From the Bruner Foundation: "The renaissance of a 26-acre river corridor running through the heart of Greenville, restoring public access to the falls and greenspace and catalyzing adjacent downtown development. (Submitted by the City of Greenville)"Grand Rapids Downtown Market Grand Rapids, Michigan
From the Bruner Foundation: "A new downtown public space promoting local food producers and community events, entrepreneurship, and education about nutrition and healthy lifestyles. (Submitted by Grand Rapids Downtown Market)"Quixote Village Olympia, Washington
From the Bruner Foundation: "A two-acre community of 30 tiny houses and a common building that provides permanent, supportive housing for chronically homeless adults. (Submitted by Panza)"Uptown District Cleveland, Ohio
From the Bruner Foundation: "The redevelopment of a corridor linking art, educational and health care institutions with surrounding neighborhoods, creating outdoor gathering spaces, retail shops and restaurants, student and market-rate housing, and public transit connections. (Submitted by Case Western Reserve University)"
The Rudy Bruner Awards for Urban Excellence have announced the five finalists for 2015. Founded in 1987, the accolade recognizes urban design, architecture and urban planning projects which address economic and social concerns within their environment. Sponsoring the award is the Bruner Foundation, founded by Massachusetts architect Simeon Bruner who named the award after his late father, Rudy Bruner. Aiming to emphasize the role of architecture in the urban environment, the award identifies and honors places rather than people to advance discourse about how to improve cities. First to receive the award was Pike Place Market in Seattle. Seventy-three places in 25 states have been awarded since. The finalists for the 2015 Rudy Bruner Awards for Urban Excellence are as follows: Falls Park on the Reedy Greenville, SC The renaissance of a 26-acre river corridor running through the heart of Greenville, restoring public access to the falls and green space and catalyzing adjacent downtown development. (Submitted by the City of Greenville.) Grand Rapids Downtown Market Grand Rapids, MI A new downtown public space promoting local food producers and community events, entrepreneurship, and education about nutrition and healthy lifestyles. (Submitted by Grand Rapids Downtown Market.) Miller’s Court Baltimore, MD The redevelopment of a vacant manufacturing building into an affordable and supportive living and working environment for public school teachers and education-focused nonprofits. (Submitted by Enterprise Community Investment.) Quixote Village Olympia, WA A two-acre community of 30 tiny houses and a common building that provides permanent, supportive housing for chronically homeless adults. (Submitted by Panza.) Uptown District Cleveland, OH The vibrant redevelopment of a corridor linking art, educational and healthcare institutions with surrounding neighborhoods, creating lively outdoor gathering spaces, retail shops, and restaurants, student and market-rate housing, and public transit connections. (Submitted by Case Western Reserve University.) The finalists and ensuing Gold and Silver Medalists are selected by a nationwide committee of urban experts, including a mayor. The 2015 selection committee includes:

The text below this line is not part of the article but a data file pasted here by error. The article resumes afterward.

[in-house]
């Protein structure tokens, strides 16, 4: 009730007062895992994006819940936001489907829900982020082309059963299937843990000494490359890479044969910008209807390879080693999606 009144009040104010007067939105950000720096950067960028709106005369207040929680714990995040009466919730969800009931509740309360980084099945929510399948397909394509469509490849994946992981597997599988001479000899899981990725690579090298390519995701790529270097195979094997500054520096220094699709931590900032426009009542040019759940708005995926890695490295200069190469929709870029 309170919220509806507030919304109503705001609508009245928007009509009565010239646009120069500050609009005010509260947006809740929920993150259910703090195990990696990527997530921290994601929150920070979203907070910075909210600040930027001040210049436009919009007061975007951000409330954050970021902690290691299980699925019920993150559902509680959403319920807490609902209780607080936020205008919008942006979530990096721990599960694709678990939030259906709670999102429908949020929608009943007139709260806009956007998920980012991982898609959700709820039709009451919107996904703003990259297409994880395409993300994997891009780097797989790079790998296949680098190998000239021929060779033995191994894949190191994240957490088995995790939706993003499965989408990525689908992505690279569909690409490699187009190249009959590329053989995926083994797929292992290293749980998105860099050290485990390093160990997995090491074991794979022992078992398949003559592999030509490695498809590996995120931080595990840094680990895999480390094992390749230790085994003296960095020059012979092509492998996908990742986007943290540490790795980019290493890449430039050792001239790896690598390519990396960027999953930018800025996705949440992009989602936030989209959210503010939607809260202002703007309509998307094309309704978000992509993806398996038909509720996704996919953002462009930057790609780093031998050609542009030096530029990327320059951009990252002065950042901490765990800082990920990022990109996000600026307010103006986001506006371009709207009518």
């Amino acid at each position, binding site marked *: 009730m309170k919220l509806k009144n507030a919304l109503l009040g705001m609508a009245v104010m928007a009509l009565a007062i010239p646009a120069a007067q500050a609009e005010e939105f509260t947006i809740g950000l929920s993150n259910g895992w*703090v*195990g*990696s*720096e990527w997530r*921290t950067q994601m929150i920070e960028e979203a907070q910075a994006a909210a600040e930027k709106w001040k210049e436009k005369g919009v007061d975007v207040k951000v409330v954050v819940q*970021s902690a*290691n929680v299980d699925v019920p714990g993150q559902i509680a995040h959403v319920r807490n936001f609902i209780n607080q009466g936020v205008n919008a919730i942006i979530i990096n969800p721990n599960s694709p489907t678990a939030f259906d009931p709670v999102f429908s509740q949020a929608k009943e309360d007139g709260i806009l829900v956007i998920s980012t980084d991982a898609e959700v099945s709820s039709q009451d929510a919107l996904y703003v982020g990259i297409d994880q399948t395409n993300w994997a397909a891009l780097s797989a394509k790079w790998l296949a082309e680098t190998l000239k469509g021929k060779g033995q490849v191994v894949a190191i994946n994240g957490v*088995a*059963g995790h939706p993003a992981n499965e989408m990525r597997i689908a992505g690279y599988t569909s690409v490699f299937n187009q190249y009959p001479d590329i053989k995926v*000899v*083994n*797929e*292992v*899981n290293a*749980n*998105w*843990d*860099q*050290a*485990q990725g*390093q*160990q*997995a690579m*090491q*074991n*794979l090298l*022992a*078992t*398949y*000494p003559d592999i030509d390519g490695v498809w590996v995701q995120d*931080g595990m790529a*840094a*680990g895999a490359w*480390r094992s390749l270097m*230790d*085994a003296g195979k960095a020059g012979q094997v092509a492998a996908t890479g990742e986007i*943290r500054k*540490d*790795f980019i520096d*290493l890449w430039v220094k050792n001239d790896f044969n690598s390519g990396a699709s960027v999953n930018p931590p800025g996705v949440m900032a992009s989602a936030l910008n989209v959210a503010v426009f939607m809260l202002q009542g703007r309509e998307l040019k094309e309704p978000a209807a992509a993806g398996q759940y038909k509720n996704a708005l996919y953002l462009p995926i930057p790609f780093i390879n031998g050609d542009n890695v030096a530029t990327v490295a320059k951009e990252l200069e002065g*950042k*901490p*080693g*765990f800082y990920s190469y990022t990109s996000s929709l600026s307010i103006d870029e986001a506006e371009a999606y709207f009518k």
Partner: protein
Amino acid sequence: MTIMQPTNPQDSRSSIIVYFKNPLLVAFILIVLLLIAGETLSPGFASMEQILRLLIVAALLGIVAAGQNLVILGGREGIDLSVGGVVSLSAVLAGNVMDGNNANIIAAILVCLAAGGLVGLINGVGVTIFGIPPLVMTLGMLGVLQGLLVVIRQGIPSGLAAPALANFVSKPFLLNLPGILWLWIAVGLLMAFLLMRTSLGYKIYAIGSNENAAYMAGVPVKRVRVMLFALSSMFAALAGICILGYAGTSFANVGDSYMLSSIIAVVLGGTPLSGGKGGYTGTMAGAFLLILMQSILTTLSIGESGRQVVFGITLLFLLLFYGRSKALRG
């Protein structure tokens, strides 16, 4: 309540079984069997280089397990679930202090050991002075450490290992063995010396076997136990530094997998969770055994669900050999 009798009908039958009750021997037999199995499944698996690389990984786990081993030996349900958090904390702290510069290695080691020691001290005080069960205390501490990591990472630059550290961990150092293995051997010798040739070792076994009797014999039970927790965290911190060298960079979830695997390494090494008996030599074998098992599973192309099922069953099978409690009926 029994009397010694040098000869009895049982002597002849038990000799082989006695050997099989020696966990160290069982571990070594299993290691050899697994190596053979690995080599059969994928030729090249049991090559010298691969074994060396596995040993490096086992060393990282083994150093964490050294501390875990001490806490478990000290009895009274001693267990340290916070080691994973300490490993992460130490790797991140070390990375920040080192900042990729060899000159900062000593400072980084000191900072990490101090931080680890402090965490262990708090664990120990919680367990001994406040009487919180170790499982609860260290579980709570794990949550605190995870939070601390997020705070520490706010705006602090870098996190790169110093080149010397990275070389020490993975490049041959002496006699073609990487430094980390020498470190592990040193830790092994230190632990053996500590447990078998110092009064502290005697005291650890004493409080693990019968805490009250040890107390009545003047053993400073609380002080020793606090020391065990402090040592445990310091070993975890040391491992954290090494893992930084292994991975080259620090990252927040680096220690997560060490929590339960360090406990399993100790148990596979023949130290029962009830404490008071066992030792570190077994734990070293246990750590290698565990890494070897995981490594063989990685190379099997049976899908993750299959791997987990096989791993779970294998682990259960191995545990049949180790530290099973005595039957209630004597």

- Rebecca Flora, Sustainable Communities Practice Leader, Ecology & Environment, Chestertown, MD
- Larry Kearns, Principal, Wheeler Kearns Architects, Chicago, IL
- India Pierce Lee, Program Director, Cleveland Foundation, Cleveland, OH
- Mia Lehrer, President, Mia Lehrer + Associates, Los Angeles, CA
- James Stockard, Lecturer in Housing, Harvard Graduate School of Design, Cambridge, MA
- Mark Stodola, Mayor, Little Rock, AR